PSY380 Research Methods - 4 credits
This course covers a variety of research strategies for studying psychological phenomena. Students will conduct studies using different research methodologies and will gain experience in analyzing data and writing research reports. Descriptive Statistics, measures of central tendency, correlation, multiple regression, inferential statistics, chi-square, t-tests, analysis of variance, hypothesis testing with application to research methodologies will be taught. (Prerequisites: PSY101, MAT110)

PSY330 Introduction to Counseling - 4 credits
Basic theory, principles, and techniques of counseling and its application to counseling settings are explored. In addition, students develop counseling skills in the following three theoretical areas: person-centered therapy, behavioral contracting, and reality therapy. The student becomes both teacher and subject in experiential laboratory sessions. (Prerequisite: 8 credits of psychology)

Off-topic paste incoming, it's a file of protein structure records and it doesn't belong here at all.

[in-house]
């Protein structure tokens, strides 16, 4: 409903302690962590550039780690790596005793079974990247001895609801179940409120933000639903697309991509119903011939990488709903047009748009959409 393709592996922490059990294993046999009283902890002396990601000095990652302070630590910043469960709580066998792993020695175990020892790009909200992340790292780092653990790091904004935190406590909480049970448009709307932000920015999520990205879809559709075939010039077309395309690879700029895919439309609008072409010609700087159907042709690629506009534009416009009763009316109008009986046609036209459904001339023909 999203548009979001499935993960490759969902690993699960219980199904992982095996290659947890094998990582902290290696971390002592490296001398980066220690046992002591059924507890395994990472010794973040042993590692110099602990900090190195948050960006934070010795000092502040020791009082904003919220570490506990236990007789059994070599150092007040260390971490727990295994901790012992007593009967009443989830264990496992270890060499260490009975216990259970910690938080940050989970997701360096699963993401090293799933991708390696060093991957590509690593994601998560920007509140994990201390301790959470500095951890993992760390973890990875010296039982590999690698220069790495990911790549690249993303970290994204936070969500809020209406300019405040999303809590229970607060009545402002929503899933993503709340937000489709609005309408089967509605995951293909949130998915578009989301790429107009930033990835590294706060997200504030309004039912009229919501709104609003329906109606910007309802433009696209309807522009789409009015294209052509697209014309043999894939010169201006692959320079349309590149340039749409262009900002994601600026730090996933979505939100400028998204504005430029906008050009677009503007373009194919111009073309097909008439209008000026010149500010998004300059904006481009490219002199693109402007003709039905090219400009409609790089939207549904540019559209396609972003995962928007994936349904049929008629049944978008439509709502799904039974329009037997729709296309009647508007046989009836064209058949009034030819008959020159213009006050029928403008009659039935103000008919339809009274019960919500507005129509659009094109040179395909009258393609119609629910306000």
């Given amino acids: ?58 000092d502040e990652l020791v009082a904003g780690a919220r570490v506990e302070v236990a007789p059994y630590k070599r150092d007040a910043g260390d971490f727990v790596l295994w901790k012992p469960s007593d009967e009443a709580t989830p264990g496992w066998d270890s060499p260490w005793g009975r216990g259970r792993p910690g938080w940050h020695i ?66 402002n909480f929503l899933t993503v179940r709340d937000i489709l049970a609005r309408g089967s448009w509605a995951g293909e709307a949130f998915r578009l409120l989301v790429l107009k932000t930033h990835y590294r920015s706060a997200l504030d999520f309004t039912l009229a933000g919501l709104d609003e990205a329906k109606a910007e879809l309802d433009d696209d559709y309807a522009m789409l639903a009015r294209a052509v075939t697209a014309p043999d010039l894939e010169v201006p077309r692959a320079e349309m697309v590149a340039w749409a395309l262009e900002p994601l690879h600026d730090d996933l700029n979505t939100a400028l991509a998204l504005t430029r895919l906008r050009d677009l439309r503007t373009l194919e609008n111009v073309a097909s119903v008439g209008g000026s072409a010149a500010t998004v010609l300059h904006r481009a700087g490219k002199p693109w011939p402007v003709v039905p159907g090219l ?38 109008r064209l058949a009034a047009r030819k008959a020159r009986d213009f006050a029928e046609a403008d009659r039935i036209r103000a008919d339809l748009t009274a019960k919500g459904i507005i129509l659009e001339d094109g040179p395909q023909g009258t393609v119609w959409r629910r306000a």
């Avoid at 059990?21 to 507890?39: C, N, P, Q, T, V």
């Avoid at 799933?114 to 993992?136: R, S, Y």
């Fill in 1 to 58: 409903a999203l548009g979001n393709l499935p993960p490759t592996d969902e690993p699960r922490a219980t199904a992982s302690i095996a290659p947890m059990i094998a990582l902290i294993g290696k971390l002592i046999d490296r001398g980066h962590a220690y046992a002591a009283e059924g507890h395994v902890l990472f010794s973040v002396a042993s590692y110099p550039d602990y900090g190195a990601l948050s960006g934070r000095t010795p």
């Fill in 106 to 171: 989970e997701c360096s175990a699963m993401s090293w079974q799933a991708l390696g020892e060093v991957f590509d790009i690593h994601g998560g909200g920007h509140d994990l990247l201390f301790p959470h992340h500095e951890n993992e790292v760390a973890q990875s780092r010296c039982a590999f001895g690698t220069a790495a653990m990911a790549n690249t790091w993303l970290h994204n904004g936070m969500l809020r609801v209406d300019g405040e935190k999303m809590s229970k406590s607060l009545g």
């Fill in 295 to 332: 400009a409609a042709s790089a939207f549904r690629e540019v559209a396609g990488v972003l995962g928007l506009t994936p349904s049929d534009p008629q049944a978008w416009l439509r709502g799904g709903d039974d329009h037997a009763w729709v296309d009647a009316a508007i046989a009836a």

PSY300 Cognition, Learning & Memory -4 credits
This course introduces students to important insights and theoretical principles of modern cognitive science. Students study human cognition, perception and attention, memory, knowledge representation, language, reasoning, problem solving, cognitive development, creativity, learning, and individual differences in cognition. (Prerequisite: PSY101)

PSY360 Abnormal Psychology - 4 credits